Nature of God: Aseity
The persistent question of life is why is there something rather than nothing? It is an intriguing thought because for something to now exist, something has always had to exist. It is because being does not come from non-being. There must be necessary and sufficient conditions or adequate causation for the existence of anything.
Our experience with creation is with contingent being. In other words, things that don’t necessarily exist and are dependent on other events or entities for existence. Philosophers have long seen the ontological problem of an infinite regress. If the universe had an infinite past, we would never arrive at the present moment within our material universe. This is why some of the greatest thinkers rationally concluded that there must be an “unmoved mover” or a cause outside of the spatiotemporal reality.
Thomas Aquinas developed these ideas in his famous “5 ways” with the first three arguments for God’s existence which were essentially the “cosmological argument” in different forms. Aquinas argues from motion, causation, and contingency that God exists based on the fact of a finite past and therefore a transcendent Cause separate from space, time, and matter. The argument has recently been articulated as follows, “Everything that begins to exist has a cause. The universe began to exist; therefore, the universe has a cause.”
Modern developments in cosmology such as Einstein’s general theory of relativity, cosmic microwave background radiation, and the expansion of the universe- all point to a beginning to the universe. So, if the universe has not always existed, what could have existed distinctly from space, time, and matter?
The Bible succinctly gives the answer in the simplest of terms, “In the beginning God created the heavens and the earth.”
God is the transcendent cause of the universe and stands outside of space, time, and matter. He is not bound or limited by it and thus eternal in nature. God’s eternal nature means that His essence and existence are synonymous unlike the contingent universe and everything in it. The word aseity literally means “of oneself.”
God is self-existent and necessary by His own very nature. The distinction of God’s self-existent nature as the “one true living God” contrasts with the material universe or many, which is created, contingent, and caused. The mistake of the pagan cultures was to place created particulars or many in the place of the one uncreated Creator. (Romans 1: 25) “who exchanged the truth of God for the lie, and worshiped and served the creature rather than the Creator, who is blessed forever. “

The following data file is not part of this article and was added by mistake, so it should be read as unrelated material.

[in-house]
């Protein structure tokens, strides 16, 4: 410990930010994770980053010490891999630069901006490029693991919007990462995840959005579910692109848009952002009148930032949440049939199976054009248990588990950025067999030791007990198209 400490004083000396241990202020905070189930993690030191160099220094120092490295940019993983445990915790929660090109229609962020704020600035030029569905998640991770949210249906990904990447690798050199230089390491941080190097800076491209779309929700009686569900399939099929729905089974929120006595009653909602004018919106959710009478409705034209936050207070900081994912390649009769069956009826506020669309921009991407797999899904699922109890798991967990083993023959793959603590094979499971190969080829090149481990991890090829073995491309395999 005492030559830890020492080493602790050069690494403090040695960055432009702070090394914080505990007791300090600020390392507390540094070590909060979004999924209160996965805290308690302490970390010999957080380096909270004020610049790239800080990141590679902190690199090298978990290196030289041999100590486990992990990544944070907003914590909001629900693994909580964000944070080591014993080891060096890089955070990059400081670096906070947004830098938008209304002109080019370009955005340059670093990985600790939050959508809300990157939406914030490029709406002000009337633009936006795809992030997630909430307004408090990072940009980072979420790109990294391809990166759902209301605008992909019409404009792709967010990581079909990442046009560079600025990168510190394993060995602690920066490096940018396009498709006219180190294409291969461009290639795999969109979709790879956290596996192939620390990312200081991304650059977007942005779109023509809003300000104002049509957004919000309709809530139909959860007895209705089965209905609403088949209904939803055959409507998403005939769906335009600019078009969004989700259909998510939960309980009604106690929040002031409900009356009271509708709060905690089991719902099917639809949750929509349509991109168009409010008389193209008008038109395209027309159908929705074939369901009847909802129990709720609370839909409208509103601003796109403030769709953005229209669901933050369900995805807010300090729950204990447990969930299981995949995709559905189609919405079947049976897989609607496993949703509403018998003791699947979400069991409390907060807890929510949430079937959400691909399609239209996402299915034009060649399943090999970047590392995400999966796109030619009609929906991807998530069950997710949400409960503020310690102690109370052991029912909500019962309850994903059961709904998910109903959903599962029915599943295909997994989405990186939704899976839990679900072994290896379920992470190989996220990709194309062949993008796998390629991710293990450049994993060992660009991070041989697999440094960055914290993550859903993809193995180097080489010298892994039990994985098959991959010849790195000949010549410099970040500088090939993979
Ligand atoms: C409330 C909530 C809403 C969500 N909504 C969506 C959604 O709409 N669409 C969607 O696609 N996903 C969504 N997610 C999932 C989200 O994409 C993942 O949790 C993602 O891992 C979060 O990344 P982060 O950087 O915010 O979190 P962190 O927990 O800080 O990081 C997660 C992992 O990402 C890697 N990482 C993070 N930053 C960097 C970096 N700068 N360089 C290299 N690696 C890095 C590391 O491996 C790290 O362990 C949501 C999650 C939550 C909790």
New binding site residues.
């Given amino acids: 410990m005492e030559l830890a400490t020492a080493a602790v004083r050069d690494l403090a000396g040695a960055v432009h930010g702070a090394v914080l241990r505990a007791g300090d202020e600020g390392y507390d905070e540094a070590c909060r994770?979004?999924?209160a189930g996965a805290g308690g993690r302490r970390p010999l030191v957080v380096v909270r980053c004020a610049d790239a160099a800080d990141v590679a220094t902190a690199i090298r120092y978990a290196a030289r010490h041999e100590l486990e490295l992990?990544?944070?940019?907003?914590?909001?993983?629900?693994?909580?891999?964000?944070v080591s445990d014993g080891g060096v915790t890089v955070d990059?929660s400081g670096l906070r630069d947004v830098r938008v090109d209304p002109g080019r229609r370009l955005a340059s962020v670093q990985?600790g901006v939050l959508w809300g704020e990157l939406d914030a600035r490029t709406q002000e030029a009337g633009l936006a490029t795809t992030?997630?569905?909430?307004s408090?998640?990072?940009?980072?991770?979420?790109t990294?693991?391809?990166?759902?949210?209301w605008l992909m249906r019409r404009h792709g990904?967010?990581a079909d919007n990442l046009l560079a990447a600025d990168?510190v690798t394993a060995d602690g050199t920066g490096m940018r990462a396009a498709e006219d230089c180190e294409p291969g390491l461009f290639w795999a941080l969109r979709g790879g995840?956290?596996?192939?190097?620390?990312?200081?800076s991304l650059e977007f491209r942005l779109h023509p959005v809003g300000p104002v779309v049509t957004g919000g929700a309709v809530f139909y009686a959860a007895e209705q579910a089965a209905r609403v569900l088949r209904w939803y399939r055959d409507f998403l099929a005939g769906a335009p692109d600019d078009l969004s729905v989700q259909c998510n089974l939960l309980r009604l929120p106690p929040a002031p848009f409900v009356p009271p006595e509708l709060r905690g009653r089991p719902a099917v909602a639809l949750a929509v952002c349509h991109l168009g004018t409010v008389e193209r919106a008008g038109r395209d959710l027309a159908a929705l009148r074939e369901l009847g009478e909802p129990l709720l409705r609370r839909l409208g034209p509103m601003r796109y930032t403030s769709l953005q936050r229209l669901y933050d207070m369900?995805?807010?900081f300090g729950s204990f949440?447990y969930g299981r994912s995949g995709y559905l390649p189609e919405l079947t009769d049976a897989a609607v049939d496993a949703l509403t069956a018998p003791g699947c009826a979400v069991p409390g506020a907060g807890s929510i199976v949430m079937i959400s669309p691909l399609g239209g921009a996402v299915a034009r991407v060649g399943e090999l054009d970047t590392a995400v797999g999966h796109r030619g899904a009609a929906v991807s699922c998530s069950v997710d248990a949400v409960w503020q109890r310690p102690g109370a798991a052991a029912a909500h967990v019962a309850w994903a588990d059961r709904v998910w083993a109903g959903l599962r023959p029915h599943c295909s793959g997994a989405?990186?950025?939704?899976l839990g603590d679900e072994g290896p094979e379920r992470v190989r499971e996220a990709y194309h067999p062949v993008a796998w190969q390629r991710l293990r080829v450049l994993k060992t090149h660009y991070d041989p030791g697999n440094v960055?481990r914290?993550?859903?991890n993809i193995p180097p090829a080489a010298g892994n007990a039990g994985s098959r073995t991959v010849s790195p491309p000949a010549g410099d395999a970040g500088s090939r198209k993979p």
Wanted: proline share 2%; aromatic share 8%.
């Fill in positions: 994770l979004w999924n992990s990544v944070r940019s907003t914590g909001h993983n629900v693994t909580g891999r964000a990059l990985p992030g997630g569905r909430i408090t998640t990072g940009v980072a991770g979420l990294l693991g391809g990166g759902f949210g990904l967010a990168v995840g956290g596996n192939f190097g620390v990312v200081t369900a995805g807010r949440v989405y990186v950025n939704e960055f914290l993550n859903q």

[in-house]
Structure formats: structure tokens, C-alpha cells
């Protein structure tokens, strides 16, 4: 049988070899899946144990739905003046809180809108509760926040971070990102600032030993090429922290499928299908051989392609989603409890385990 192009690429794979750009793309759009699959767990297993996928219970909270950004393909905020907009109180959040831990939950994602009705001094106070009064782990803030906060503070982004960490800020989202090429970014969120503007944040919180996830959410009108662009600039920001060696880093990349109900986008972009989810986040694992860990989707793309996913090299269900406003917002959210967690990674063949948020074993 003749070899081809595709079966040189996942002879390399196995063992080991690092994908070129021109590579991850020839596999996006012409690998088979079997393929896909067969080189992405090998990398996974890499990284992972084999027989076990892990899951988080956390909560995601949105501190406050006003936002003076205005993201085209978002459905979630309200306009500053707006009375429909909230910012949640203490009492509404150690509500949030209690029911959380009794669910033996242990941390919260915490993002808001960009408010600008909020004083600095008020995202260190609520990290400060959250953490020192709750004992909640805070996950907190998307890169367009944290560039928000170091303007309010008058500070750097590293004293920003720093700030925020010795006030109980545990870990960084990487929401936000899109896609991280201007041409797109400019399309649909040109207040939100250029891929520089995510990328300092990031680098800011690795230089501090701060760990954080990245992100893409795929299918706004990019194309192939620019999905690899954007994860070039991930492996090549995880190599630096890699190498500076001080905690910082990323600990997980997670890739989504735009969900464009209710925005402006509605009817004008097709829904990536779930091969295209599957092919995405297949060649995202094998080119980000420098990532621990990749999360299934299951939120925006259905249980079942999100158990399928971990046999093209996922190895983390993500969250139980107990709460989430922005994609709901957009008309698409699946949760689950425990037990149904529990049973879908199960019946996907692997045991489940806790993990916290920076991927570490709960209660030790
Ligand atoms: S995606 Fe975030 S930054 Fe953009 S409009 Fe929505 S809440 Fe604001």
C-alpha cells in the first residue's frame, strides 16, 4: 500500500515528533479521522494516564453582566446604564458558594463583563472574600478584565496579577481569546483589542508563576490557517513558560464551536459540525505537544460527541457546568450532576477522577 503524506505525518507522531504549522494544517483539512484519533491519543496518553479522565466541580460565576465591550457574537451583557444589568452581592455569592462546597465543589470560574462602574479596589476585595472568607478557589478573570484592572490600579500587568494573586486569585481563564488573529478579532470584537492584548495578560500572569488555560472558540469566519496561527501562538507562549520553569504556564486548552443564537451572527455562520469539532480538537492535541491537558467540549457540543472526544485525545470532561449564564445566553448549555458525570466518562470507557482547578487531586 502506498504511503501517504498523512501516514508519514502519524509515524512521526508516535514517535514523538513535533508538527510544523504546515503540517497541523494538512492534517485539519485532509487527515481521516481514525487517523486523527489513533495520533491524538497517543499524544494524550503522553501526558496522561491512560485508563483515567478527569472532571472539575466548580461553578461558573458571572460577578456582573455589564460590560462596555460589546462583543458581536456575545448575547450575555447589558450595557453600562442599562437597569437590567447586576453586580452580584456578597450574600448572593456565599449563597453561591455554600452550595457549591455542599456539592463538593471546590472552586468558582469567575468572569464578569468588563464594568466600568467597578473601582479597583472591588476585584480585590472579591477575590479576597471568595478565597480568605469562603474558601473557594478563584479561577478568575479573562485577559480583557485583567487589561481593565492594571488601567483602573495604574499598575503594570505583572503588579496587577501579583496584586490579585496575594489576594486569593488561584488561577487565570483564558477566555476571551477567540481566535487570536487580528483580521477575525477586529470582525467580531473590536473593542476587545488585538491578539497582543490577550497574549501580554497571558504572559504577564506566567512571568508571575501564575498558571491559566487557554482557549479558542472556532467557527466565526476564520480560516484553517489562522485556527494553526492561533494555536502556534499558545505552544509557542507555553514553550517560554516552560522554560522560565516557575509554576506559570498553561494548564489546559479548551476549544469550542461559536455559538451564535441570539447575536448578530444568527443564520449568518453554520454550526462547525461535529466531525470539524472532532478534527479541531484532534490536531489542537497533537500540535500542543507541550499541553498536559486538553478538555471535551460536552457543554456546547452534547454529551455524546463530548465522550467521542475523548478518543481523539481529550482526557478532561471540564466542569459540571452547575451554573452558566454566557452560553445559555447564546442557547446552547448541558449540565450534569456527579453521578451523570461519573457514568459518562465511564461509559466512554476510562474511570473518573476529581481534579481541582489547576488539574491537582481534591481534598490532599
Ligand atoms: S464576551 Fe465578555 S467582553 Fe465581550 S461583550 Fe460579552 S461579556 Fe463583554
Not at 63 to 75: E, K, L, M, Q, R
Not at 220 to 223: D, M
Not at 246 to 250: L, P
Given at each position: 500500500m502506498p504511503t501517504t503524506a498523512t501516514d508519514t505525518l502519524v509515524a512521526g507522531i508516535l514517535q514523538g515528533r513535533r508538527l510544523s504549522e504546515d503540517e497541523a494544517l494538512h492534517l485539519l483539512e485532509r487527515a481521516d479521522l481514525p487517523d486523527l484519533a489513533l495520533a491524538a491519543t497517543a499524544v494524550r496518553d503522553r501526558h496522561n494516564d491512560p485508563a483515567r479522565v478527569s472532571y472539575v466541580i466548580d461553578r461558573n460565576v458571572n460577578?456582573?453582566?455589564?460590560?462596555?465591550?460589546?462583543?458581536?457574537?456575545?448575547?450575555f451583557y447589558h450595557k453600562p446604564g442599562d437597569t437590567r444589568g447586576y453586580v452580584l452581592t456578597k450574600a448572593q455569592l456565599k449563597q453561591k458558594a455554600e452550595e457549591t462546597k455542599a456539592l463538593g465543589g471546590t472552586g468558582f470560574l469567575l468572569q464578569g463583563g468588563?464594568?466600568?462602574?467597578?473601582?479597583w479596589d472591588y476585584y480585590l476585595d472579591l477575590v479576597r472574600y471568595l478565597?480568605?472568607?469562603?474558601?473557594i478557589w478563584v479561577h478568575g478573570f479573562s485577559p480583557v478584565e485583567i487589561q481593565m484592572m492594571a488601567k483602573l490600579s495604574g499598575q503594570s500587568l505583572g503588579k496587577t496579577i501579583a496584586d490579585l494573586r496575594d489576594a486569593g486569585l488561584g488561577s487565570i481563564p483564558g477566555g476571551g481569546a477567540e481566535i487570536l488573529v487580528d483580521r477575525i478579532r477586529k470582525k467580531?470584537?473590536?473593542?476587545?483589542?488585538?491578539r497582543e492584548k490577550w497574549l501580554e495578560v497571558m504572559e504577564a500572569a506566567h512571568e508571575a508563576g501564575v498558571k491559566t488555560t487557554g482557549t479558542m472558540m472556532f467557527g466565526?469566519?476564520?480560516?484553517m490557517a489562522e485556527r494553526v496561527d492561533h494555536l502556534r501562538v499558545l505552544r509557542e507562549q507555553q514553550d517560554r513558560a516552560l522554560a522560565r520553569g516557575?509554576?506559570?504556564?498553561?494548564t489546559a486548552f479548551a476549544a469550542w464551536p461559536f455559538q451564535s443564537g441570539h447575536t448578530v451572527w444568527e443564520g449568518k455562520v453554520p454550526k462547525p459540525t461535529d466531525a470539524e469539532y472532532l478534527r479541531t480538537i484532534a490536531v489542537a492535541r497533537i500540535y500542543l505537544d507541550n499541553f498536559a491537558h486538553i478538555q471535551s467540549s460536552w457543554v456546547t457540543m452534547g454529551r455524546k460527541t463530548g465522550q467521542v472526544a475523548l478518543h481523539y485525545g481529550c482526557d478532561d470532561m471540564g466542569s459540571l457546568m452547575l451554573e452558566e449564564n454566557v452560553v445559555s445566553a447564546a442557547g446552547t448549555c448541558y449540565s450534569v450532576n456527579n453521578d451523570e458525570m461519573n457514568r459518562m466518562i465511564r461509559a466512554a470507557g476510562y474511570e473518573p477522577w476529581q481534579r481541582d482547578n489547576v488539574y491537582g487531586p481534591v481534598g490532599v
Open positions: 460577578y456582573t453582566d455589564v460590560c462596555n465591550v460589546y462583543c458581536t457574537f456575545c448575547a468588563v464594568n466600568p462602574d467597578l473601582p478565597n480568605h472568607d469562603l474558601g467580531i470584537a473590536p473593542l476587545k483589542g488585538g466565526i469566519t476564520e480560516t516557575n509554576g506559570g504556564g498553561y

An eternal God or uncaused Cause resolves the philosophical problem and pseudoscience of an infinite regress in time. Also, if God is the source of being itself, God is thus sovereign over all being, immutable, unlimited in power, knowledge, and perfection. God’s aseity is the fulcrum of His perfection and other attributes.
It is through God’s perfection that we can also commence to know Him. The 11th century theologian Anselm defined God as that “which nothing greater can be conceived.” Within our reality, there must be a maximally great entity which is the greatest of all goodness, beauty, and being itself. This is what we call God. If the greatest of all beings can be conceived and yet not exist, this idea of God is less than the greatest.
Anselm concluded that even our idea of God gives warrant for His existence because to conceive of God without existence is a logical contradiction. It is because God’s very essence is existence and necessity by virtue of His “nothing greater can be conceived.” So, “the fool has said in his heart there is no God” because atheism is an irrational thought like a square circle or married bachelor (Psalms 14:1).
The Bible speaks of God’s aseity and eternal nature. Moses encountered the Eternal in the burning bush when God declared His name. (Exodus 3: 13,14) “Then Moses said to God, “Indeed, when I come to the children of Israel and say to them, ‘The God of your fathers has sent me to you,’ and they say to me, ‘What is His name?’ what shall I say to them?” And God said to Moses, “I AM WHO I AM.” And He said, “Thus you shall say to the children of Israel, ‘I AM has sent me to you.”
The Psalmist sings, “Before the mountains were brought forth, Or ever You had formed the earth and the world, Even from everlasting to everlasting, You are God” (Psalms 90:2). Moreover, Thomas Aquinas explained, “eternity is nothing but God Himself. Hence God is not called eternal, as if He were in any way measured; but the idea of measurement is there taken according to the apprehension of our minds alone.” (Aquinas 2003) We owe our very being to God. The Apostle Paul commends the Athenian poets by quoting, “For in him we live, and move, and have our being” (Acts 17:28).